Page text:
The onomatopoeia in “Sea Cliff” by AJM Smith speaks for me this week as I watch the flood waters recede over the granite dams in my town. Smith wrote his poem in 1943, but I don’t know where he was when he wrote it; his haunts were his native Montreal, Edinburgh and later Lansing. The poem makes me alert to the power of what I see and sense, even though the water he was speaking about I am sure is much more grand that our river here.
I was looking to see if I could find out where he was when he wrote it when I meanderd away from my question like a child meanders after a kitten. I was looking for a link to post about Smith in my del.icio.us, but when I got to my del.icio.us someone in my network had saved an Inc. link for me on innovation. In that, Tim Berners-Lee was mentioned in the article “How to Think About Innovation” as The Inventor of the World Wide Web, so I had to follow that bunny trail – I have always felt a bit bad for poor Al Gore who can never live down his slip of the tongue about inventing the internet. But I read far enough to notice this bit of interesting inventor psychology:
“Lead users, by the way, can either be someone who uses your products all the time and intensely, or they can be people who use other products intensely, but borrow, in some fashion, the features or functionality of your products. For example, Von Hippel notes that windsurfers took existing sports gear and reengineered it to create a new sport. Sporting goods manufacturers were then able to make products that supported these lead users. Thus, a whole new industry was created. The lesson for business owners: ask your customers if they customize your products themselves, and look to those custom changes for inspiration for new products or product features.”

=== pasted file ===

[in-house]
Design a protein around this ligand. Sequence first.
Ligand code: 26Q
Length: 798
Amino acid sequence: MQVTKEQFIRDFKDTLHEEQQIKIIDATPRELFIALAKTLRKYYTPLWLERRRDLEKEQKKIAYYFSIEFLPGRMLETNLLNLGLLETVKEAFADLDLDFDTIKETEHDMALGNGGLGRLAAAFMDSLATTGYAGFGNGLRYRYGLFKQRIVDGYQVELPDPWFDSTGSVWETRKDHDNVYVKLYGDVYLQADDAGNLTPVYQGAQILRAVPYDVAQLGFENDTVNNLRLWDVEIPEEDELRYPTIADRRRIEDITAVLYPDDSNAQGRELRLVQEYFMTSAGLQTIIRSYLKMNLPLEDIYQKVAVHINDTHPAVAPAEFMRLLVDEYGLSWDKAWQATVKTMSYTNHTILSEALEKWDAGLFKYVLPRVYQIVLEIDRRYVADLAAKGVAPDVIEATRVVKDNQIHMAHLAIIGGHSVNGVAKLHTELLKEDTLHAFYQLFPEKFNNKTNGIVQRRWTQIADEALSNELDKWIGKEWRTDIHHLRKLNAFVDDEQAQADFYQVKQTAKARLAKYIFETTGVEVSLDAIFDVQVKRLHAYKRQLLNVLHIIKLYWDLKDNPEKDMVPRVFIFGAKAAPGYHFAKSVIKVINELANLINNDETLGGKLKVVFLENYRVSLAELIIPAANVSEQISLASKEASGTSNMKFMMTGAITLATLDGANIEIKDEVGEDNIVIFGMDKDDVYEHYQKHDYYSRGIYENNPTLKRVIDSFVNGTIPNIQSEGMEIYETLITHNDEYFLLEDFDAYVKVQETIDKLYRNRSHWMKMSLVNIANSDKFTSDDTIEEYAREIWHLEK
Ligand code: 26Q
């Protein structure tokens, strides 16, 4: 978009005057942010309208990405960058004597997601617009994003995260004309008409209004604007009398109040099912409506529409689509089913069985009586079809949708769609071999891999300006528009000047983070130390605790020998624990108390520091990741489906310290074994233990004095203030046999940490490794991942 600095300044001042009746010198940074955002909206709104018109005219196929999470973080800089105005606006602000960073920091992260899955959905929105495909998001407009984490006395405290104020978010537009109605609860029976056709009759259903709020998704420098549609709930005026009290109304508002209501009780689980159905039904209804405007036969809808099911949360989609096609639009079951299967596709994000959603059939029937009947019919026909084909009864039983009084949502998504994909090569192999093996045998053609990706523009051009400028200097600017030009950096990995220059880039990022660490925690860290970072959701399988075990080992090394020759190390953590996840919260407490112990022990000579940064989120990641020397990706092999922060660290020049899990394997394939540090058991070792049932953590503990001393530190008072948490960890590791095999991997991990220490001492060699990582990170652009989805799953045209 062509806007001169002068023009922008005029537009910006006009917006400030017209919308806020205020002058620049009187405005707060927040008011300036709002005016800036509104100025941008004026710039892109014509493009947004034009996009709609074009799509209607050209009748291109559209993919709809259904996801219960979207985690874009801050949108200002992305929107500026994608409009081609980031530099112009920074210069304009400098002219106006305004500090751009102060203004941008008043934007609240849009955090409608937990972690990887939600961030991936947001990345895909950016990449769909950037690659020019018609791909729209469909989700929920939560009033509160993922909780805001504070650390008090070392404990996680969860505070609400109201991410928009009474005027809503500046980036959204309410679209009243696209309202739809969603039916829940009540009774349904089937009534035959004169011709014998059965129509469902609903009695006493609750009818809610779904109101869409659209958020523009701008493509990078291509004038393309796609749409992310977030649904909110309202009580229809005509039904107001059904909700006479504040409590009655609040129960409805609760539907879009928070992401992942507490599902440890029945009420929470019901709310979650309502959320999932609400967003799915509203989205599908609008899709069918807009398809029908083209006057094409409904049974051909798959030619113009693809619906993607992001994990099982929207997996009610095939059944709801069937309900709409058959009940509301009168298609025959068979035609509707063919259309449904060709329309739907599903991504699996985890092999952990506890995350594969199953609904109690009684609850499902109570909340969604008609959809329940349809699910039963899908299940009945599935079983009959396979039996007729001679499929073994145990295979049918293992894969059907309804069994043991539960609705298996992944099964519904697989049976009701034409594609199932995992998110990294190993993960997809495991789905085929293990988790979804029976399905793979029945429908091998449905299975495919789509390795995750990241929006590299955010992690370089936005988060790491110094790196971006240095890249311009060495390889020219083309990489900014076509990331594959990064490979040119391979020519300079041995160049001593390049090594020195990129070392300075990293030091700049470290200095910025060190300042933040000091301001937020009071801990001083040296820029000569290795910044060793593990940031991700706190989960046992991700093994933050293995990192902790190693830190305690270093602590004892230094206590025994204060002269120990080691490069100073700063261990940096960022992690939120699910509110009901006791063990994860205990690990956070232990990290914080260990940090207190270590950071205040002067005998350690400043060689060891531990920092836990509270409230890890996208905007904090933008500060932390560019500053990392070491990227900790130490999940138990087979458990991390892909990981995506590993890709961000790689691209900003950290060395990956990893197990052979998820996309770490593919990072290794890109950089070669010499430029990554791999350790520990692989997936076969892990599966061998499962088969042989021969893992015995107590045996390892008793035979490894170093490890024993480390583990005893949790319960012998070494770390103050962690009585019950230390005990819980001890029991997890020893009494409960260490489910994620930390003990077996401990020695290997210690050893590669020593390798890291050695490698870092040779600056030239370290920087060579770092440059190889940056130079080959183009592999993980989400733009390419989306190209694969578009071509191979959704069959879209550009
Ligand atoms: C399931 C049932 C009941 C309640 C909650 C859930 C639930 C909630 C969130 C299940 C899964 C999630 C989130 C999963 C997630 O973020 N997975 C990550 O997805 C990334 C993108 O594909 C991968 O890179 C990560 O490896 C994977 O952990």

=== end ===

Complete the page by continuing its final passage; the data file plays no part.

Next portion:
That paragraph was one I wanted to share with two of my students who are doing research on the evolution of the skateboard and of skateboarding culture. But Berners-Lee had a link to the Virtual Library so I followed that. I wanted to see what the education section had in it, so I clicked on education, then secondary, then perused and noticed one of the sites I had found on my own: Achieve Online: Education resources for Australian students and teachers. I found, sadly, that it had closed down due to lack of resources.
In a matter of minutes I had learned so much, including learning about Anne Compton’s focused assessment of Smith’s nature poetry:
“For Smith, nature does not mirror the human. The only connection between the two is that which occurs when the senses are open and the intellect comprehends.”
Compton also discussed “The Creek,” which I was able to add to my collection:
still wet with cold black earth,
roots, whips of roots
and wisps of straw,
green soaked crushed leaves
mudsoiled where hoof has touched them,
and hairs of herbs
that lip the ledge of the stream’s edge:
I eventually wound up where I was headed, and it was an interesting journey. From “Sea Cliff:”
after the ebb-flow,
high over the slapping green,
water sliding away
and the rock abiding,
new rock riding
out of the spray.